So now we pickup Cissie’s story as the store she’s shopping in with the Red Tornado’s young daughter Traya is suddenly robbed by men wielding uzis. Unfortunately for them, Cissie’s training takes over and she incapacitates one of them. Then she’s forced to make a decision about whether she can face down her fears about losing control and save both her life and Traya’s.



While that looks good, Cissie completely freezes. Lucky for her there’s back up around the corner.



That character is Empress, another person I’m completely unfamiliar with. Never fear, wiki to the rescue. Empress real name is Anita Fite (cute) and she’s the daughter of one of Young Justice’s former enemies. She idolizes Cissie, who can’t stand her. Her abilities appear to be nothing more that martial arts, but wiki hints that she has magical abilities as well.

Cissie should be happy for the assist and…you know, someone saving her life, but instead acts all ticked at Empress and Wonder Girl for showing up. She storms out of the store. Sheesh! Next time they should let her get slaughtered.

Trying to patch things up the three girls head back to Cassie’s dorm room. Fully expecting the same cold-shoulder treatment, they are shocked when Cassie bounds across the room and hugs them. My first thought is that teenage menstrual cycles can be a real rollercoaster, but it turns out Cassie’s mood change is due to a different reason.



The news is broke that it’s Wendy, the Werewolf Slayer and all the girls get excited. Sadly Cassie can only bring two friends with her and she doesn’t even hesitate to exclude Anita. Anita makes a very frosty exit.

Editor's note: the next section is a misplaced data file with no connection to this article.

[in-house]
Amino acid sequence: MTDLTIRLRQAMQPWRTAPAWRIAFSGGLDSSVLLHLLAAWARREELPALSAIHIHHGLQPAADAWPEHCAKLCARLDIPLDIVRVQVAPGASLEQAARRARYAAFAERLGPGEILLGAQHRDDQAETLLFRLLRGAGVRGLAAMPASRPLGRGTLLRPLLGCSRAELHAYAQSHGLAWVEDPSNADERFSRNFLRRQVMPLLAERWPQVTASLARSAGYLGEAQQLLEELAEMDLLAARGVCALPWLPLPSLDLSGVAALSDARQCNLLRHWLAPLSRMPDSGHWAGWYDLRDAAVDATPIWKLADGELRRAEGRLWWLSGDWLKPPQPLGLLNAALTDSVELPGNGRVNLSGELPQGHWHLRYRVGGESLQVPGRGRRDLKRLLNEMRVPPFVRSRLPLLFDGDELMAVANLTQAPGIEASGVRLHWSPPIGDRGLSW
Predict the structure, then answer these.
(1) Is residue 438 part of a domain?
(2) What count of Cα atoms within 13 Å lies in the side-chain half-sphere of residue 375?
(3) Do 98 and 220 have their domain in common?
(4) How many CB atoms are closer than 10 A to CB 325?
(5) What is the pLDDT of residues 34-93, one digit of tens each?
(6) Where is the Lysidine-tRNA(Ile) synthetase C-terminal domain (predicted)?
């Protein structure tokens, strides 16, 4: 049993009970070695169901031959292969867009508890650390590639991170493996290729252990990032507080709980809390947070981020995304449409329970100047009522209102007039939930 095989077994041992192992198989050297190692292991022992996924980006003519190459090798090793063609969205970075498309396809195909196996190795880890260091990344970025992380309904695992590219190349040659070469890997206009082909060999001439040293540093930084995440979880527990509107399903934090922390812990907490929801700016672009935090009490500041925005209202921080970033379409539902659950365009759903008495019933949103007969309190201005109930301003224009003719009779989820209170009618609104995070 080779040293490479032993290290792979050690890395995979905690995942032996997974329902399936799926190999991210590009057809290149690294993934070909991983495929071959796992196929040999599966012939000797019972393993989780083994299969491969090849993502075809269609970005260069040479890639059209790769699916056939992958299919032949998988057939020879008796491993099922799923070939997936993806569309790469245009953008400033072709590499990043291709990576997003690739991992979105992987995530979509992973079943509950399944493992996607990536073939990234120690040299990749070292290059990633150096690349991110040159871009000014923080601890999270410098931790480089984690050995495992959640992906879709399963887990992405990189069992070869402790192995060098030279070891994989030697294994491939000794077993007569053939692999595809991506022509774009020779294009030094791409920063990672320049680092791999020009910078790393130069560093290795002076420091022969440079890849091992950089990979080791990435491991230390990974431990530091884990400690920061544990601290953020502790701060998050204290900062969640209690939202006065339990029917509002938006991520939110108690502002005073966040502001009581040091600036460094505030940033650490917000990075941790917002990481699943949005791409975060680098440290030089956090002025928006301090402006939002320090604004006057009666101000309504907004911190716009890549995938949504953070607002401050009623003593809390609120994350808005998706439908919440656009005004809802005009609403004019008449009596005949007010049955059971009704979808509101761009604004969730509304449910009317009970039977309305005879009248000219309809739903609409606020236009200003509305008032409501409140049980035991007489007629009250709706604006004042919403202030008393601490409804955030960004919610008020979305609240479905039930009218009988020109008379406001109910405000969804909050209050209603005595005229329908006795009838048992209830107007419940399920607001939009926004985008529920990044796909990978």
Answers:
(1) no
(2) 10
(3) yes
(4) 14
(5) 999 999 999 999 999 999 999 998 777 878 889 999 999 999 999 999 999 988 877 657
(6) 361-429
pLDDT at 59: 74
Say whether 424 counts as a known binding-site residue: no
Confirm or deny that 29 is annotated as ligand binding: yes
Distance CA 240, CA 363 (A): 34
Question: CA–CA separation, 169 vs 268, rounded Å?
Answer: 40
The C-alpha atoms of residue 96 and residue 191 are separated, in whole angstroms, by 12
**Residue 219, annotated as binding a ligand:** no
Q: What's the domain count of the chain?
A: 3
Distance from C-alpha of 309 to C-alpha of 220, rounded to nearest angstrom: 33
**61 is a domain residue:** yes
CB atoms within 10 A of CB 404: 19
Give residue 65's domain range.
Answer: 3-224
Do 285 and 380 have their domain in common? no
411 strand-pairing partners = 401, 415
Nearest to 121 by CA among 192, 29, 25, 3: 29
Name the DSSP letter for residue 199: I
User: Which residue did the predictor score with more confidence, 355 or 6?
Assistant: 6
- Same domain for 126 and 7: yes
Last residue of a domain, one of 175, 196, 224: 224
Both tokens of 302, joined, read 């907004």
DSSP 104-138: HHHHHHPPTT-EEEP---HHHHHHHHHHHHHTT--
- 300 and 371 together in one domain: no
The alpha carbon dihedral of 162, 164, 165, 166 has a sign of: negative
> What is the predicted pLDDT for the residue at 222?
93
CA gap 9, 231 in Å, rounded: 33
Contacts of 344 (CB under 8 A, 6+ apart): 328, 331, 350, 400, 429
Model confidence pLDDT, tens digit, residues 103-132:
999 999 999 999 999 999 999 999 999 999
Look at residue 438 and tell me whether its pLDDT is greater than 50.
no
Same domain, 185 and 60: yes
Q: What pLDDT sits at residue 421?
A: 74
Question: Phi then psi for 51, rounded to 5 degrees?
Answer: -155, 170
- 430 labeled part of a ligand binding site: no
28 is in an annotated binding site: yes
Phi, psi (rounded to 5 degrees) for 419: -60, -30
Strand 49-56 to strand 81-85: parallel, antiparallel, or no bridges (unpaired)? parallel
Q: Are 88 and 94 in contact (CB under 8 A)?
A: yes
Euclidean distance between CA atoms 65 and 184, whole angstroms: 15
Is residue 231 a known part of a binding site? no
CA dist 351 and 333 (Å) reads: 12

Meanwhile the actress that plays Wendy is being stalked by someone in a werewolf costume while she is cutting down her co-stars to their faces. Someone really needs to look up what Peter David has against Sarah Michelle Geller.

On the plane flight out, Traya lets it drop that Anita is on the plane as well. Cissie goes to the lounge to have a little chat with her. We get a couple of pages of them being catty with each other before Anita makes a very heart-filled speech about how much she admires Cassie and wants to be like her and ends with “If it will help things be better, Just tell me to quit the team, and I’ll…”. Which leads to this:



While this looks like both girls are about as far from friends as they could get, at this point they start laughing at how silly they both sound and become friends. No, really. I’m not making this part up. The hard part to all of this is that it’s written so believably by David that neither chick jumps out of character nor does it sound forced. Touché, Mr. David.

Back at Young Justice’s secret headquarters, Superboy finds out where Wonder Girl and Arrowette are headed to and becomes majorly depressed. Seems hes a “Wendy” fan as well. Back on set Wendy prepares for her big scene with the girls watching only to find that the furry costume extra has been replaced.



Seems she’s in for a bit of trouble unless she gets really good at method acting her fictional character. So the book has some werewolves in it, but is really just a hint of fangs to come.

That’s it for the werewolves for now. Hope this guide proved educational.